asbestos

The 1950s and early 1960s were the age of miracle substances and products. Plastics, drugs, agrichemicals, nuclear power, transistors, hydrogen bombs, jet aeroplanes, television, cars with wings, computers, space rockets and many more marvels issued in abundance from the laboratories of science and its partner, technology. Popular Mechanics, an American magazine to which Anton subscribed, carried plans for a build-it-yourself laser – a technology which, as the article put it, had as yet no application. The magazine was full of these wonders. So were Marvel, DC and ACE comics, where unsuspected aberrations of the scientific project changed innocent and ‘perfectly normal’ Clark Kents and Peter Parkers into gods.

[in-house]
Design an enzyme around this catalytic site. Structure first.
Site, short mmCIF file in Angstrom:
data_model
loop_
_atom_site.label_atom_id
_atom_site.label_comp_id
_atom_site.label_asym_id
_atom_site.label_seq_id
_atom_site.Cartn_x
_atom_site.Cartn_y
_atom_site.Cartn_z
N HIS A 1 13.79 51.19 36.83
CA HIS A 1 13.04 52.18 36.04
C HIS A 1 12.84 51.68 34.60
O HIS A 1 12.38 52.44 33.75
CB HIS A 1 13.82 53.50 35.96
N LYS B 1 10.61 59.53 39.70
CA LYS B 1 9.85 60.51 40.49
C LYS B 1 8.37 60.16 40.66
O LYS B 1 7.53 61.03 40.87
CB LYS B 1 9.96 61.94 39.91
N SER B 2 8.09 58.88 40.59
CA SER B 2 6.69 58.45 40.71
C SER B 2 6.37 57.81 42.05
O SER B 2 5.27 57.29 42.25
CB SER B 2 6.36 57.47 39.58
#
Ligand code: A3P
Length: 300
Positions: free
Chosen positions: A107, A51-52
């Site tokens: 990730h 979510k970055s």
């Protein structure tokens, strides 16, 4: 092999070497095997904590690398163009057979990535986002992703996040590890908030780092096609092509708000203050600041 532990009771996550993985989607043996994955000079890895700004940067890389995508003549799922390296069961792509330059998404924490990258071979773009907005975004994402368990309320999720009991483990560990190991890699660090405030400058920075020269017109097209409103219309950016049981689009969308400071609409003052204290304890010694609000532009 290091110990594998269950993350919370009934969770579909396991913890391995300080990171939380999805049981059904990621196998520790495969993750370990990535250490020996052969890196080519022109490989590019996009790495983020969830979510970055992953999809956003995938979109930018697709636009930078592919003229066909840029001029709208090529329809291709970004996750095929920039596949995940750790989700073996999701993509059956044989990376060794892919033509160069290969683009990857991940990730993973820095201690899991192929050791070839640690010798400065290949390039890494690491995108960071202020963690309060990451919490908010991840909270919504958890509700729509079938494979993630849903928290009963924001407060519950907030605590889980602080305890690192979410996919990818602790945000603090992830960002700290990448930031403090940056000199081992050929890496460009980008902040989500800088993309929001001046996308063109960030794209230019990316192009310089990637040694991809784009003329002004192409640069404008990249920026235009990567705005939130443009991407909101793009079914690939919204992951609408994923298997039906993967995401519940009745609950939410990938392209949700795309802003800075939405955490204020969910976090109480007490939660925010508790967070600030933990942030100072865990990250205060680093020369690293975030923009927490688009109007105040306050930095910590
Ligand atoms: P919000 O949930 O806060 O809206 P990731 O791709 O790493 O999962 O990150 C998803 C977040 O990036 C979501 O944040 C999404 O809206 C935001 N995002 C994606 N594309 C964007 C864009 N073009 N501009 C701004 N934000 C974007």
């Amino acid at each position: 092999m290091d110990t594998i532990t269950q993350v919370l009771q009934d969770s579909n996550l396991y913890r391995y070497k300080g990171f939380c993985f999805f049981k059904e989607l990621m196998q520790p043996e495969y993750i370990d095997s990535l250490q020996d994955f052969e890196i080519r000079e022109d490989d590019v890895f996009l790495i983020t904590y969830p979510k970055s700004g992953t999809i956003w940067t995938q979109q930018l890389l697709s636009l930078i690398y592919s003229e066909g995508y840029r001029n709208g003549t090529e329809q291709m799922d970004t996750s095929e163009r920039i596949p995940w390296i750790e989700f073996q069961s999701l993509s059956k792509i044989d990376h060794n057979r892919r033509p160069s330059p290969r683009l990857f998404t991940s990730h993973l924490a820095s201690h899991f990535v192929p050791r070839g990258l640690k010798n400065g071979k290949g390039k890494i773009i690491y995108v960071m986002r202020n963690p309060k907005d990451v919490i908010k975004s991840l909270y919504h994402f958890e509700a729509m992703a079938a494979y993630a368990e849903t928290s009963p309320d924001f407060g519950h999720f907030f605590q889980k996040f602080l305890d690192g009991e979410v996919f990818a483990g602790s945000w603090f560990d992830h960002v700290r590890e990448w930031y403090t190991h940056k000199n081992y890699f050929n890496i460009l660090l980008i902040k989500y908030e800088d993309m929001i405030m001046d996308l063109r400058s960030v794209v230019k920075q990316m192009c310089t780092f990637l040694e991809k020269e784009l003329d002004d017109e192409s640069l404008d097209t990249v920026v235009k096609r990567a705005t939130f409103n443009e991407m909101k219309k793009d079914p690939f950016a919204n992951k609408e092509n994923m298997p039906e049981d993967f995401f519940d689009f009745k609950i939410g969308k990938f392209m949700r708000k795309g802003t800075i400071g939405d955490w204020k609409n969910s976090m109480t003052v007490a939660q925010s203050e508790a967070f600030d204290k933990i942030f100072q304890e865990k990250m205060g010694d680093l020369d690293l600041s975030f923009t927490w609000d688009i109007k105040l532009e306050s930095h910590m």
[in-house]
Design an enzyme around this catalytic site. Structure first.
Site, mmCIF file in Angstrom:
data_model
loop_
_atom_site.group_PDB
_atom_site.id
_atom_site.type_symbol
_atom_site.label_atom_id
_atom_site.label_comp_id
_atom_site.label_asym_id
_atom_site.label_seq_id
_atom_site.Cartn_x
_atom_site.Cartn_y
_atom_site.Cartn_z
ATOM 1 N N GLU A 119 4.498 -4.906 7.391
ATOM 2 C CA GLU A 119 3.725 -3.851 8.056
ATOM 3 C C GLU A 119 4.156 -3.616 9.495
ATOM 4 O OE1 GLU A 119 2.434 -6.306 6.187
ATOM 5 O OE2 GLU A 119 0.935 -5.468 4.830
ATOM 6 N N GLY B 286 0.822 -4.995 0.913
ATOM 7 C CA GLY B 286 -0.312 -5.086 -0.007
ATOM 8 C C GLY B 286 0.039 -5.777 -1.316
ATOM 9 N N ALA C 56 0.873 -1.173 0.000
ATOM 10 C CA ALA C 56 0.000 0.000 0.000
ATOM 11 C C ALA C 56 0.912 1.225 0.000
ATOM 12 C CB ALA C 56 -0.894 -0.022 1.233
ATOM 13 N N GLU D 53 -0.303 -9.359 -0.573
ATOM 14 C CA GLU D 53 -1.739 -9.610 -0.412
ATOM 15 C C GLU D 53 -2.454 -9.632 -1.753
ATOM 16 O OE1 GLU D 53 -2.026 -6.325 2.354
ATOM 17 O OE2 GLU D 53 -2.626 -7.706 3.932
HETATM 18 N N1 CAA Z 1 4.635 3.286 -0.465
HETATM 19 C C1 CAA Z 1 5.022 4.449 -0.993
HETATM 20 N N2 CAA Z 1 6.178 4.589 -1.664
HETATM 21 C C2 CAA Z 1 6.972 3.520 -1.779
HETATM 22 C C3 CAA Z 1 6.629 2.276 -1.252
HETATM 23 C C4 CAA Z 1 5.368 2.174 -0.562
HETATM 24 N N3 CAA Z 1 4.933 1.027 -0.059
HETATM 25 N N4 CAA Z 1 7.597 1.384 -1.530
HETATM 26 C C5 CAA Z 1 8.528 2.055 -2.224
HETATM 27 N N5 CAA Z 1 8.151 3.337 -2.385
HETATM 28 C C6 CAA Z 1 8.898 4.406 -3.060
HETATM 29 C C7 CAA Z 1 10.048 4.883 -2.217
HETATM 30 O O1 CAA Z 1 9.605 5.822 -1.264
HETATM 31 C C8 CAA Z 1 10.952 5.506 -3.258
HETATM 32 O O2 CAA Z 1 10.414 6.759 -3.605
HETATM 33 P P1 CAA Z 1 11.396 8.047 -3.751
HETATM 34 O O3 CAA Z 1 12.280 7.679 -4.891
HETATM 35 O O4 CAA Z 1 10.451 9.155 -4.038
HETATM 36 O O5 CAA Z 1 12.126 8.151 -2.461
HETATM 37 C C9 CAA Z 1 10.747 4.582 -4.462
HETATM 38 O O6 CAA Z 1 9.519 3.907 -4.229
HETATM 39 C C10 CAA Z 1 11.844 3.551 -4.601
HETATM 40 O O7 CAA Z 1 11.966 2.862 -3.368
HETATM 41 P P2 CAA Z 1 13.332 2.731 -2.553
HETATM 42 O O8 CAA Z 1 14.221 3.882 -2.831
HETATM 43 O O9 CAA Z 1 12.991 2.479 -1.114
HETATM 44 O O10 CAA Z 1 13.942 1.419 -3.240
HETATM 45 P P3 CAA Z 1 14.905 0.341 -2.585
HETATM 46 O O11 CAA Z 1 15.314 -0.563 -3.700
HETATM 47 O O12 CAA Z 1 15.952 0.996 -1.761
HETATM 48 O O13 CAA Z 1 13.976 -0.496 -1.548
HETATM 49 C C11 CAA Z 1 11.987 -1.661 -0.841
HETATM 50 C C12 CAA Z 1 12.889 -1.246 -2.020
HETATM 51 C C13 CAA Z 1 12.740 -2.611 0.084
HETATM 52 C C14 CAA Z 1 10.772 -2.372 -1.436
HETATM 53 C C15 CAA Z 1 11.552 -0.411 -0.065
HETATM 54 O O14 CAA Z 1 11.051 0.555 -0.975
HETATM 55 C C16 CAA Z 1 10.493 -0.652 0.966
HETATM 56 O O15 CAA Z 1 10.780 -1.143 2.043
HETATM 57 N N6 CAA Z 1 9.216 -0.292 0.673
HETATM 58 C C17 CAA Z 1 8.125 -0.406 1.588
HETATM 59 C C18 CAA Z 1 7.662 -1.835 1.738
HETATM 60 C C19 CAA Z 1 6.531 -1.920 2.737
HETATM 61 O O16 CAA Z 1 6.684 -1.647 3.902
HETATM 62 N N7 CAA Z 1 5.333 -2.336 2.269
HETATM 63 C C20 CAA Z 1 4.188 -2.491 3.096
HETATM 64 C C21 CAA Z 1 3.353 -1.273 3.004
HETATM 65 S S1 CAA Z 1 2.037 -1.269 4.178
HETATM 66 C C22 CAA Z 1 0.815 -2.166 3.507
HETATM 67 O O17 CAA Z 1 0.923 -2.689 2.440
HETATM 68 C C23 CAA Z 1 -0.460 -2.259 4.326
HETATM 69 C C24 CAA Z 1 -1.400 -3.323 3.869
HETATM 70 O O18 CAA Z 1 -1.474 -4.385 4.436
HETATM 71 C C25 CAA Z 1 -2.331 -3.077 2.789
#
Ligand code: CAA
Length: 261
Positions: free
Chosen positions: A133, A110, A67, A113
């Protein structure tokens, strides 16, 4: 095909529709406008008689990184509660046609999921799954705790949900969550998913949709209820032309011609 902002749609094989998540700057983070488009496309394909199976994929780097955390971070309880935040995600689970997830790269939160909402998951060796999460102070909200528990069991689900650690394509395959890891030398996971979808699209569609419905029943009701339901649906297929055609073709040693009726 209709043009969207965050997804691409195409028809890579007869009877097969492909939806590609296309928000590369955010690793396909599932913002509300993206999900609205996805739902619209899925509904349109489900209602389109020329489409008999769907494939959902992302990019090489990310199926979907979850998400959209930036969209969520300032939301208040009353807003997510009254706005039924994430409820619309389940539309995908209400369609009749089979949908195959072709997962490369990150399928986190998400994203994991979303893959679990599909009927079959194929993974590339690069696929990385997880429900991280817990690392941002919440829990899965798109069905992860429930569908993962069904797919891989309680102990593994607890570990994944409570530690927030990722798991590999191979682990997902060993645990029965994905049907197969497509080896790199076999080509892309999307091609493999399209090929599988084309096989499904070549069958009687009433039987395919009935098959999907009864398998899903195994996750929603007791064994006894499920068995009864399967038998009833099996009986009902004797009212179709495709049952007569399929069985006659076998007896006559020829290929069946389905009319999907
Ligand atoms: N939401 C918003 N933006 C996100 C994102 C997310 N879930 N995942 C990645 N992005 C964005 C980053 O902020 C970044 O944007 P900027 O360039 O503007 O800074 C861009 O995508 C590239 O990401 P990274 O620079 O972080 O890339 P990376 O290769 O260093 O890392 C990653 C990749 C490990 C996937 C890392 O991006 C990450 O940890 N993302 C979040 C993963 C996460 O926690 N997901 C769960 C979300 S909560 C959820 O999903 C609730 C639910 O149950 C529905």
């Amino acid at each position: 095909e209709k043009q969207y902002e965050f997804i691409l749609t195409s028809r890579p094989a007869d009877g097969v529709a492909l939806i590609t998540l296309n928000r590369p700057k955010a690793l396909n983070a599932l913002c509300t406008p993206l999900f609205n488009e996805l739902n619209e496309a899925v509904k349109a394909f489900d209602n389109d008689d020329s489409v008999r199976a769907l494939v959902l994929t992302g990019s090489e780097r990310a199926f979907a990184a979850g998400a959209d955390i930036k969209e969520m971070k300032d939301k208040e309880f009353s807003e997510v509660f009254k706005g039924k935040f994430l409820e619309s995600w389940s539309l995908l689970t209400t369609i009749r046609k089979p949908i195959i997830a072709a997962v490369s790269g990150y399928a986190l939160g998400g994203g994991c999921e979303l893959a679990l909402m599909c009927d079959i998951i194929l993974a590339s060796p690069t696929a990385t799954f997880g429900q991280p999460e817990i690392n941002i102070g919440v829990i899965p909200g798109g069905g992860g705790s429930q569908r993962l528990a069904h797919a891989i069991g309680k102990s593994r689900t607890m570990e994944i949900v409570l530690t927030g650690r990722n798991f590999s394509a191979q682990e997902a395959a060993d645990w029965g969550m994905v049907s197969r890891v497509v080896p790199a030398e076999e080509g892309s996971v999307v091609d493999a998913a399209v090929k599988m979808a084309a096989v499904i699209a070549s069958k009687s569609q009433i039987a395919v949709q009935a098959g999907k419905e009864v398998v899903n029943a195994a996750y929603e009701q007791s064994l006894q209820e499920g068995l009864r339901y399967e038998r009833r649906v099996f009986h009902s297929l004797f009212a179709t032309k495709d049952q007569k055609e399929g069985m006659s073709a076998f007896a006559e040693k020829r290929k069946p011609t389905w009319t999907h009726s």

With no serious challengers, the makers of all these goods could afford to be cavalier about trivial matters like safety. Workers in some radioactive environments vied to get hot as fast as possible. Roads had no speed limits. Seat-belts were unknown. Many adults smoked, sprayed DDT in CFC-laden solvents and used benzene to clean spots on their clothing. Asbestos, the wonder-substance first brought to the attention of Westerners by Marco Polo, was still thought of as generally useful and was widely used. One day Anton took us to visit an abandoned asbestos mine near Barberton, where a strewn rubble of bright green and mauve soapstone held gleaming veins of the fibres; some of these strange rocks were added to my small collection, with which I played. During my years as an apprentice jeweller, all soldering was done on a pad of asbestos which sat under my nose on the workbench. When the afternoon sun shone through the window, it lit with a slight gleam the tiny fibres blown into the air by the pale flame.

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